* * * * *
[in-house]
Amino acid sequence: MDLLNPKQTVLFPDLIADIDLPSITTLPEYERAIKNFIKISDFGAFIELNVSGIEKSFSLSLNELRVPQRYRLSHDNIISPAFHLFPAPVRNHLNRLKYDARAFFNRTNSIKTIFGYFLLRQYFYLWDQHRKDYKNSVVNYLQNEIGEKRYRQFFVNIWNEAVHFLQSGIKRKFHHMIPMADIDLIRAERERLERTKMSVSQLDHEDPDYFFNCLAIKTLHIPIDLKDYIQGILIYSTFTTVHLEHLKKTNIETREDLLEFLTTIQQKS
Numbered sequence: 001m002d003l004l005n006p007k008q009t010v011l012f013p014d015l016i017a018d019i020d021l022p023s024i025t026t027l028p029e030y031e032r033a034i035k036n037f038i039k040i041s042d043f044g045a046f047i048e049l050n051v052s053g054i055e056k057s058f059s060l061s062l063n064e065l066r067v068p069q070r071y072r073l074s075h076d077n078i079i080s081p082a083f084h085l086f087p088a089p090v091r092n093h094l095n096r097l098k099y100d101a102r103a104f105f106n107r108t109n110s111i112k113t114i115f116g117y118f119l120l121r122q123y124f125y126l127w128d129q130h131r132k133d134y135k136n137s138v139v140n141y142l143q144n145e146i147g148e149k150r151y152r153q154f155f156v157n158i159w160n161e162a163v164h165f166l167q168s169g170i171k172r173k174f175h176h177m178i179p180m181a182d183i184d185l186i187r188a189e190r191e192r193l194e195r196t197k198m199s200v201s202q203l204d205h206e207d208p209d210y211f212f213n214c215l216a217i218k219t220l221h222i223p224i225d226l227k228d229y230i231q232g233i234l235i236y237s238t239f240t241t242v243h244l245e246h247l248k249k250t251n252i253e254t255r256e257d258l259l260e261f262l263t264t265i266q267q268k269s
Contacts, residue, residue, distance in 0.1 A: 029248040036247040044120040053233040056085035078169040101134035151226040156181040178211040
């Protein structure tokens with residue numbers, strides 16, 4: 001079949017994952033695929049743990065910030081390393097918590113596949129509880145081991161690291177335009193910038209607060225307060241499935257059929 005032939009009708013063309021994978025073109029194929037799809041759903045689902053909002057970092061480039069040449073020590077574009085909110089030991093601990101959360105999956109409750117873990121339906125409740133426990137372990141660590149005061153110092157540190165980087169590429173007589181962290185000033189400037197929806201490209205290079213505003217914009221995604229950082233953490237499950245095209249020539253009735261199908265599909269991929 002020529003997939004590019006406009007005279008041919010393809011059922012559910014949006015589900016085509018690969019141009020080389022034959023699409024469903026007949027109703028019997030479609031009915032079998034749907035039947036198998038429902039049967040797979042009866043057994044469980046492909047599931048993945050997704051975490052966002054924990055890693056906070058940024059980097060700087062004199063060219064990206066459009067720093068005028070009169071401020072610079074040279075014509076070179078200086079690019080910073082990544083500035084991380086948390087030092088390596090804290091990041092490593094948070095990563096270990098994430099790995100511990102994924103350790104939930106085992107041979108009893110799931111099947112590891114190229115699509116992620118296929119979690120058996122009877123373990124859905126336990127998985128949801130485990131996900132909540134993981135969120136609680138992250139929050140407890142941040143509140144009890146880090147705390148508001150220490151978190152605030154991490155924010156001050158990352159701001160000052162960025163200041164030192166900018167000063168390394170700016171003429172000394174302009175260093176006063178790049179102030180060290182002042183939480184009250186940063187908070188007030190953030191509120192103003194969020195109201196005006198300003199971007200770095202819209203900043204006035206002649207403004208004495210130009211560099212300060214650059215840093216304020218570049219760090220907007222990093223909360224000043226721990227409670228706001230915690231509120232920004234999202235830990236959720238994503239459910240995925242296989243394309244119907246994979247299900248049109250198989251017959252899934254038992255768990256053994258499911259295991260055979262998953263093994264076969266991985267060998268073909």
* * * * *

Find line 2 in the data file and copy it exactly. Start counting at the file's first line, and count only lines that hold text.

Amino acid sequence: MDLLNPKQTVLFPDLIADIDLPSITTLPEYERAIKNFIKISDFGAFIELNVSGIEKSFSLSLNELRVPQRYRLSHDNIISPAFHLFPAPVRNHLNRLKYDARAFFNRTNSIKTIFGYFLLRQYFYLWDQHRKDYKNSVVNYLQNEIGEKRYRQFFVNIWNEAVHFLQSGIKRKFHHMIPMADIDLIRAERERLERTKMSVSQLDHEDPDYFFNCLAIKTLHIPIDLKDYIQGILIYSTFTTVHLEHLKKTNIETREDLLEFLTTIQQKS